Boris Johnson’s government has finally collapsed, leaving behind a stricken Great Britain. The Prime Minister has managed to escape scandal after scandal, but finally he was forced to throw in the towel on July 7th after an avalanche of resignations in his own party. Speaking outside Ten Downing Street, Johnson said, “It is clearly now the will of the parliamentary Conservative Party that there should be a new leader of that party and therefore a new prime minister.” Johnson resigned immediately as head of the Conservative Party but will remain British Prime Minister until a new party leader can be elected. The process of selecting a new party leader may take as long as six weeks.
Johnson was no stranger to telling falsehoods to the public. The current scandal involved allegations of his party’s deputy chief whip sexually assaulting two men and what Downing Street knew about the whip’s record of abuse. Johnson denied knowing anything about the whip’s pattern of behavior, however, it slowly came to public light Johnson had indeed known. The controversy came just weeks after Johnson survived and was greatly weakened by a no-confidence vote over his holding of raucous parties at Downing Street while the rest of the country was forced into strict lockdown during the Covid pandemic. With the latest scandal, Johnson’s Conservative Party had had enough. What had started with the resignation of his chancellor of the exchequer and health minister, turned to the resignation of 50 ministers, aids, and envoys from his government in less than two days.
Many in the Conservative Party believe Johnson should step down immediately instead of waiting for the election process to pick a new replacement. Former prime minister John Major wrote to the head of the Conservative Party’s 1922 Committee, “The proposal for the prime minister to remain in office—for up to three months—having lost the support of his cabinet, his government and his parliamentary party is unwise, and may be unsustainable.” The Economist, a right of center weekly magazine, also expressed its opinion that Johnson should “go immediately” with a cover image showing a ridiculous image of Johnson in freefall under the title “Clownfall.” The image was from the time Boris Johnson got stuck on a zipline at Victory Park as mayor, waving a British flag in each hand while still in a suite.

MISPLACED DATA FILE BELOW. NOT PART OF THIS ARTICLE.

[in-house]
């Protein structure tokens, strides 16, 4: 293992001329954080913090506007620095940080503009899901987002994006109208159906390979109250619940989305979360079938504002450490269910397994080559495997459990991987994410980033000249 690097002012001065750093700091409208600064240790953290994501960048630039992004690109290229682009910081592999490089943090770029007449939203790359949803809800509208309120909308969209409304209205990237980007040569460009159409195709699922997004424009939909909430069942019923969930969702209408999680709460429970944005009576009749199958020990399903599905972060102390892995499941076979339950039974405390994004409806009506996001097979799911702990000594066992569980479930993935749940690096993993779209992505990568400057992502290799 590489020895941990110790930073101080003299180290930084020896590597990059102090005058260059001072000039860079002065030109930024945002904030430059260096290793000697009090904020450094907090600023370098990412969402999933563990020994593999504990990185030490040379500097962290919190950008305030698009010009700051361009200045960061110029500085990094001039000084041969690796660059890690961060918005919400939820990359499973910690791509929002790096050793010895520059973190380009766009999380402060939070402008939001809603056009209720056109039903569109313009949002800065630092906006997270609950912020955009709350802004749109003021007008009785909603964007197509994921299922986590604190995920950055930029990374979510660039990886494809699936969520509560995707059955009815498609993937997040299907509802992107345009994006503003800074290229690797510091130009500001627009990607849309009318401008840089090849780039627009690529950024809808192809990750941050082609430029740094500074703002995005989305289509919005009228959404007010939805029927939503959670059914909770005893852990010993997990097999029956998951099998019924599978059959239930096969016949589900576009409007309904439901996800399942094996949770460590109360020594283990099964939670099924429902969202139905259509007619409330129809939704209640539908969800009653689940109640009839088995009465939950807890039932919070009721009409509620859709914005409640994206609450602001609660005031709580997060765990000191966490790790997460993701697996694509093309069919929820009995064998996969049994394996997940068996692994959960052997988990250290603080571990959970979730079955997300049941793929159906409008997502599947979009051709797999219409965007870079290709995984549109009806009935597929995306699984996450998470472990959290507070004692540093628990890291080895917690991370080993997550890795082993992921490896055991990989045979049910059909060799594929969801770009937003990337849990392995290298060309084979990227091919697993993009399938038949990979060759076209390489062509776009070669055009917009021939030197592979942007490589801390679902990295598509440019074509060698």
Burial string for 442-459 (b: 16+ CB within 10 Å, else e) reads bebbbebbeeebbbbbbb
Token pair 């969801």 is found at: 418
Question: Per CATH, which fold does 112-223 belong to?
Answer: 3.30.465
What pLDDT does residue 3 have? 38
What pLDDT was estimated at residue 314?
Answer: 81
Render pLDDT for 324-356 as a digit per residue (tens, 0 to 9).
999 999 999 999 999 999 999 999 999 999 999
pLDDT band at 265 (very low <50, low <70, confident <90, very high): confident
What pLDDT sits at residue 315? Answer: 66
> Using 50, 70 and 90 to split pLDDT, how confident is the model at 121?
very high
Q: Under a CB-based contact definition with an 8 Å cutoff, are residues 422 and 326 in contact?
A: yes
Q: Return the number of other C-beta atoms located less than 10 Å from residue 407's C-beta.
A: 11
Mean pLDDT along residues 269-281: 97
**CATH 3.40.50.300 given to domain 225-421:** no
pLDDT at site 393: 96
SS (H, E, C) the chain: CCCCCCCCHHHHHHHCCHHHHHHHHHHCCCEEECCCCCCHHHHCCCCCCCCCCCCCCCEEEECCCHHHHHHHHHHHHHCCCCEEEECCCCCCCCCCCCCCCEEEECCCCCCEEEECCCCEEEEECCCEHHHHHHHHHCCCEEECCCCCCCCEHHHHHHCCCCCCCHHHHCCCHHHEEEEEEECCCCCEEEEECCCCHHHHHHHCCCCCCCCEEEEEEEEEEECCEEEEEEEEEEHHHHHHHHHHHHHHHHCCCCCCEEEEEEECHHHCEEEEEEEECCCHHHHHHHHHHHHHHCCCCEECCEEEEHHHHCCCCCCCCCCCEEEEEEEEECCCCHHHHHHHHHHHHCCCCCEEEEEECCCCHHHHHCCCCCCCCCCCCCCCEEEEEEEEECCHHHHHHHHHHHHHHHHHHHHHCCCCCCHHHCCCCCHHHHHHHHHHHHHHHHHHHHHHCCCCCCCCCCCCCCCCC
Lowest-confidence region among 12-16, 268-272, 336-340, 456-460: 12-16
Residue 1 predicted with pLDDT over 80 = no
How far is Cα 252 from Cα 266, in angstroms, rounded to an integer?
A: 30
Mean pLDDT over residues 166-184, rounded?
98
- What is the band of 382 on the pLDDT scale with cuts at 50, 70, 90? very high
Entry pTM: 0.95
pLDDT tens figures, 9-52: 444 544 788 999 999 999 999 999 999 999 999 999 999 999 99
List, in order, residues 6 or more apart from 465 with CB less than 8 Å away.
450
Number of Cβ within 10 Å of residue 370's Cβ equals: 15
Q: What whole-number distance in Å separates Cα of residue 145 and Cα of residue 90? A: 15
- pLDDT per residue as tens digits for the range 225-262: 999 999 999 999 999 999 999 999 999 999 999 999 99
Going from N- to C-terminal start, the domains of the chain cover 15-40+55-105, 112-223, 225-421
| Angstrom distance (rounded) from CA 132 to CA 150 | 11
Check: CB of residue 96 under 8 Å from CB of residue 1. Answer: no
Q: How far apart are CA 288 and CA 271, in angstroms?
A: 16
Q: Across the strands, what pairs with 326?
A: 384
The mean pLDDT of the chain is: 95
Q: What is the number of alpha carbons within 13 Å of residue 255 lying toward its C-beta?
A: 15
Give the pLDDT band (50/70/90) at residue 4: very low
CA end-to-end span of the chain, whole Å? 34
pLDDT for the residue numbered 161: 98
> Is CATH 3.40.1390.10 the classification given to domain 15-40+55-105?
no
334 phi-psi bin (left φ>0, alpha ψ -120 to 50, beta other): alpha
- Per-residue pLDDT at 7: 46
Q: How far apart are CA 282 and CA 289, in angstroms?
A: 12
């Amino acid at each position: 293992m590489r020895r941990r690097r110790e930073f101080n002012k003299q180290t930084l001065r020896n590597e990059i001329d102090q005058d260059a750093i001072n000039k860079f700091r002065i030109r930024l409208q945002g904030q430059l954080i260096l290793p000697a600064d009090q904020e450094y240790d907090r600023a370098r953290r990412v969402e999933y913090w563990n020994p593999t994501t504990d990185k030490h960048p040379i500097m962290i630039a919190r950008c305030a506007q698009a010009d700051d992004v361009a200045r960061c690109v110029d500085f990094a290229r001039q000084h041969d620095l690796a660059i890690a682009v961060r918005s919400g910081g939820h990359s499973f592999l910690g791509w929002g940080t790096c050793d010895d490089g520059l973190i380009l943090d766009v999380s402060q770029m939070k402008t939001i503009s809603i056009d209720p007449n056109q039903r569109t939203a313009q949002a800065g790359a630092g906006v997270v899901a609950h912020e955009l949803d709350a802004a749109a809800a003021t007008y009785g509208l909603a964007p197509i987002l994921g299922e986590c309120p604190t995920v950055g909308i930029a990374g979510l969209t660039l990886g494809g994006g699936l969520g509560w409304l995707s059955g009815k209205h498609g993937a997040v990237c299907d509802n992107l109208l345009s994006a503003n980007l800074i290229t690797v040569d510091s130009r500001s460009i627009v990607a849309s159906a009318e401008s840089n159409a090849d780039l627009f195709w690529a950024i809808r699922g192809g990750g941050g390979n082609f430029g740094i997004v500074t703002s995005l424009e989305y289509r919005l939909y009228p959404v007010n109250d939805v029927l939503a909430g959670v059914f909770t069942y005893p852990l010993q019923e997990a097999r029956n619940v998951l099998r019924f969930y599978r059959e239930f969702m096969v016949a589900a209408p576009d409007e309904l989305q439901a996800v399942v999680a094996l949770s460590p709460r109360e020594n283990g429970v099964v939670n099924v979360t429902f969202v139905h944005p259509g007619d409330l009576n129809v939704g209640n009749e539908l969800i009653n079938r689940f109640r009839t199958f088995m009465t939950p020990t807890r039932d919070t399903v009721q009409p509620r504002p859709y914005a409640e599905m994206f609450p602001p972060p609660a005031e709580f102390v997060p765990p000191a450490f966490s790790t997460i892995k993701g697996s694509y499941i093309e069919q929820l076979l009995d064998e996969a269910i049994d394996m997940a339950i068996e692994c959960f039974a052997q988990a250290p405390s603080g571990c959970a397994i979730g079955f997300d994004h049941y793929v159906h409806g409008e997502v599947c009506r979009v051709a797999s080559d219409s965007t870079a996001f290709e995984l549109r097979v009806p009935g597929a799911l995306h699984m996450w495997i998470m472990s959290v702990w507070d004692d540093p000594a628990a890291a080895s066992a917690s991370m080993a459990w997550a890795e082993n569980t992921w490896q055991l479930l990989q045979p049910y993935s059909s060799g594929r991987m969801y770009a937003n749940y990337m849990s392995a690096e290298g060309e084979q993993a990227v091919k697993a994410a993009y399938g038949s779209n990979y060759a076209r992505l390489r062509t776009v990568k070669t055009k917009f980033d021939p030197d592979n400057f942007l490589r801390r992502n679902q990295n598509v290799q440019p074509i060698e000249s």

In typical Johnson style, he refused to lay blame on himself as he announced his resignation from party leadership outside Downing Street. Instead, he placed the blame on his own party members by likening them to a stampede of animals. “As we have seen at Westminster… when the herd moves, it moves. And my friends, in politics, no one is remotely indispensable,” Johnson said.
Leaders of the rest of the United Kingdom welcomed the news of Johnson’s resignation. Welsh First Minister Mark Drakeford said Johnson did “the right thing” and added “all four nations need a stable U.K. government.” First Minister of Scotland Nicola Sturgeon welcomed the news saying that Johnson had always been “manifestly unfit” to be prime minister. Irish Prime Minister Micheál Martin stated that Johnson’s resignation is “an opportunity to return to the true spirit of partnership and mutual respect that is needed to underpin the gains of the Good Friday Agreement.” Boris Johnson and the European Union have recently been squabbling over the trade status of Northern Ireland bringing deep concerns about the stability of the Good Friday Agreement.
Conservative Party leadership announced that eight candidates will be competing for the party’s top spot. Those candidates are—Kemi Badenoch, Suella Braverman, Jeremy Hunt, Penny Mordaunt, Rishi Sunak, Tom Tugendhat, Liz Truss and Nadhim Zahawi. Rishi Sunak was one of the two party leaders whose resignation triggered the avalanche of resignations that forced Johnson to resign. The first round of voting will begin today, July 13th. The candidate with the least number of votes or garners less than 30 votes will be knocked out of the next round. Party officials are hoping to have the final round of votes by July 21st, when the final two contenders will face a vote by 175,000 grassroots members of the Conservative Party.
Despite the awful leadership—despite the scandals and lies—it will be Brexit that will likely tower over Johnson’s legacy as prime minister. When Johnson entered Ten Downing Street he cut through all the political turmoil and hang-ups and forced the hardest Brexit possible. The divorce was messy and still is—as mentioned above with its implications for the Good Friday Agreement. Johnson’s scandals and lies only added to the acidity of Brexit. Time will show if Brexit was a wise economic choice, or not, and that will forever color Johnson’s legacy.